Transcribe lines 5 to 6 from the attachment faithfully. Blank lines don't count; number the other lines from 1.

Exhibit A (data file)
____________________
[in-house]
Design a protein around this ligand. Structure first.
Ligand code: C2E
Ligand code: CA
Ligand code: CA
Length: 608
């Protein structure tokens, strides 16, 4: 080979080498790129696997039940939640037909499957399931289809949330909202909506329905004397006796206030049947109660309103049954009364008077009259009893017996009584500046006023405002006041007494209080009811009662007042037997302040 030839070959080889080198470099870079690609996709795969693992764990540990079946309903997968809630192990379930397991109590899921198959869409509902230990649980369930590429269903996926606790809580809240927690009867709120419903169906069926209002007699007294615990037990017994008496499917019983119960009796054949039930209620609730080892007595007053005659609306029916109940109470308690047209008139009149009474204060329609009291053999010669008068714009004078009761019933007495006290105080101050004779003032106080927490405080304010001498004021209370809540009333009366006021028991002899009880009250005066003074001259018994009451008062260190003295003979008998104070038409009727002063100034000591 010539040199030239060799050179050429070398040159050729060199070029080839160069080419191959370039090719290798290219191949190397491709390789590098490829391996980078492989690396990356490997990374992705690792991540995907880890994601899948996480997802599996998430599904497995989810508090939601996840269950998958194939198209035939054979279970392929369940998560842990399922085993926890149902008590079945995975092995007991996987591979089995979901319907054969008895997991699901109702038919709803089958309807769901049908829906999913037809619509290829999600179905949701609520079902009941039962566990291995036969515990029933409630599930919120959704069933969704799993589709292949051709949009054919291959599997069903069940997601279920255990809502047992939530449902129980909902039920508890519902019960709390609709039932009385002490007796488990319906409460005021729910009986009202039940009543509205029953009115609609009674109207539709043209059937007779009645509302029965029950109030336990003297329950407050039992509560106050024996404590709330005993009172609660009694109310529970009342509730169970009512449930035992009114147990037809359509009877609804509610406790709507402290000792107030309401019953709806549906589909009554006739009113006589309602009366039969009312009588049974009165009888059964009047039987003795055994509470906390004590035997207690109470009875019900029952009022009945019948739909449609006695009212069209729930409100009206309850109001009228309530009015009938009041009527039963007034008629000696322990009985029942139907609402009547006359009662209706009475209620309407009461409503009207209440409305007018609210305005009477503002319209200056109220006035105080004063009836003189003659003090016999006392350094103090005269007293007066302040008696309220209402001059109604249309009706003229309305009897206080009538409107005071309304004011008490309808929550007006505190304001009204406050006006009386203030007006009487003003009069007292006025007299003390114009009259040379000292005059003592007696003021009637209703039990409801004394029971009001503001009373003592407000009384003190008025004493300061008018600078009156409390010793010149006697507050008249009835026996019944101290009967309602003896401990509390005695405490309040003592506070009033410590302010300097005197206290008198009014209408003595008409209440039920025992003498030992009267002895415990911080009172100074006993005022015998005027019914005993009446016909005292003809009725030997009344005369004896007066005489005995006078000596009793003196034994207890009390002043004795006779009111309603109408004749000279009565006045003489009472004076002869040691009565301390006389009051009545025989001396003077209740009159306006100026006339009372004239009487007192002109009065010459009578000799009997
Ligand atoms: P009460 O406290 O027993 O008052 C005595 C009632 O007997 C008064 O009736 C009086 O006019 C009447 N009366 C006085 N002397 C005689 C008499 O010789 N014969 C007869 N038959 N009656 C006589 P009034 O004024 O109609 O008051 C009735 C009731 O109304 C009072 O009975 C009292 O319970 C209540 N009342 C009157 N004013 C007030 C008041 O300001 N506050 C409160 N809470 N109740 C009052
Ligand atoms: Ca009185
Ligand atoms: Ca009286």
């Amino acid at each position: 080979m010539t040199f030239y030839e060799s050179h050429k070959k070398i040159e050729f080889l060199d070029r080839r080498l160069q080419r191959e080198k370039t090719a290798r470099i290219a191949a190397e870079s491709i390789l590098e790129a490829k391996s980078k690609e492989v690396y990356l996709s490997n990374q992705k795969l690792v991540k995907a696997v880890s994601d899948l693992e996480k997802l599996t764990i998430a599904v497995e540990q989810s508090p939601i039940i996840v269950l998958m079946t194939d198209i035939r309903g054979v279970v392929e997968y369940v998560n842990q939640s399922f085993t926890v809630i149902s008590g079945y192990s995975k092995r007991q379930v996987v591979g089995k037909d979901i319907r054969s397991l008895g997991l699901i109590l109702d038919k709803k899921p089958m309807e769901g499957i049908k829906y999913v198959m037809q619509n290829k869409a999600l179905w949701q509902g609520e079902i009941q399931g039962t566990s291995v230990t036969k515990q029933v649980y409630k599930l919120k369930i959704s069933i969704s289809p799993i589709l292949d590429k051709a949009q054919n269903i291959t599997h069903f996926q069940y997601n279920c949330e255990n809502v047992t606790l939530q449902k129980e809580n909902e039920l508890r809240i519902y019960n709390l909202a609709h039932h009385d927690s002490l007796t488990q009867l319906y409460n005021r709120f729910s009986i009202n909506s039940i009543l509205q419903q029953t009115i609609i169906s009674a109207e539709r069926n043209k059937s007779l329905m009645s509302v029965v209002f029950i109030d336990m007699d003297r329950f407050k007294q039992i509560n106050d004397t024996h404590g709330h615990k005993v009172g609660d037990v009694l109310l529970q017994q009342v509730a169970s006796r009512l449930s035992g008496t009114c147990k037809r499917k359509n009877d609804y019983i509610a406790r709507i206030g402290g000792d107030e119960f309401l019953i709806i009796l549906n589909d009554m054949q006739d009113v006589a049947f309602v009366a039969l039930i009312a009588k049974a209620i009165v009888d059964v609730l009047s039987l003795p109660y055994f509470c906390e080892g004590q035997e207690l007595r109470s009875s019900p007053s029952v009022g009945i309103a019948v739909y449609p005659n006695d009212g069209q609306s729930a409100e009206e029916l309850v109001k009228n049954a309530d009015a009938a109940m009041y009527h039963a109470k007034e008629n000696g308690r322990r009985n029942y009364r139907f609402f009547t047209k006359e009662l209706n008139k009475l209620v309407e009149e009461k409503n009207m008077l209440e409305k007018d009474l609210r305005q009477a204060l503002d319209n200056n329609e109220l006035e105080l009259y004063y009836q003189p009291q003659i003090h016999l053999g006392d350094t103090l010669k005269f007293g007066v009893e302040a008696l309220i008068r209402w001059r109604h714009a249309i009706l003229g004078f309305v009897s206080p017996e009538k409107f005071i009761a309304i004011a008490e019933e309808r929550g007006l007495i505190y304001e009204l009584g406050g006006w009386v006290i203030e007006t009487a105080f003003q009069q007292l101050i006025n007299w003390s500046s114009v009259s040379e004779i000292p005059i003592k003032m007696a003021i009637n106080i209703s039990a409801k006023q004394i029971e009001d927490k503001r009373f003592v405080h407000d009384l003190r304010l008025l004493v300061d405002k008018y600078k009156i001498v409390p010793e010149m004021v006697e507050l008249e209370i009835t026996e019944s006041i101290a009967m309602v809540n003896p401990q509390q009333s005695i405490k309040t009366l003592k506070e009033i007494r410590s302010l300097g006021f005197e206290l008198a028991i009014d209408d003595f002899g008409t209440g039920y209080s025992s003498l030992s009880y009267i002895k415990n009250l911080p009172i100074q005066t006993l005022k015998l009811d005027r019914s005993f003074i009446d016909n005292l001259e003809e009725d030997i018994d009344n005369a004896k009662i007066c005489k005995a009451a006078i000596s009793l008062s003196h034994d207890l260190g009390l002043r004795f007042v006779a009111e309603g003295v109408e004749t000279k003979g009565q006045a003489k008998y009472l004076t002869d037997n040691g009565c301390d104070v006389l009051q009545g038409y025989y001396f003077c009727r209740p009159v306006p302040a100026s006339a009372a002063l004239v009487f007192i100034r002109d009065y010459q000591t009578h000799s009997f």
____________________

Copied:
Ligand code: CA
Length: 608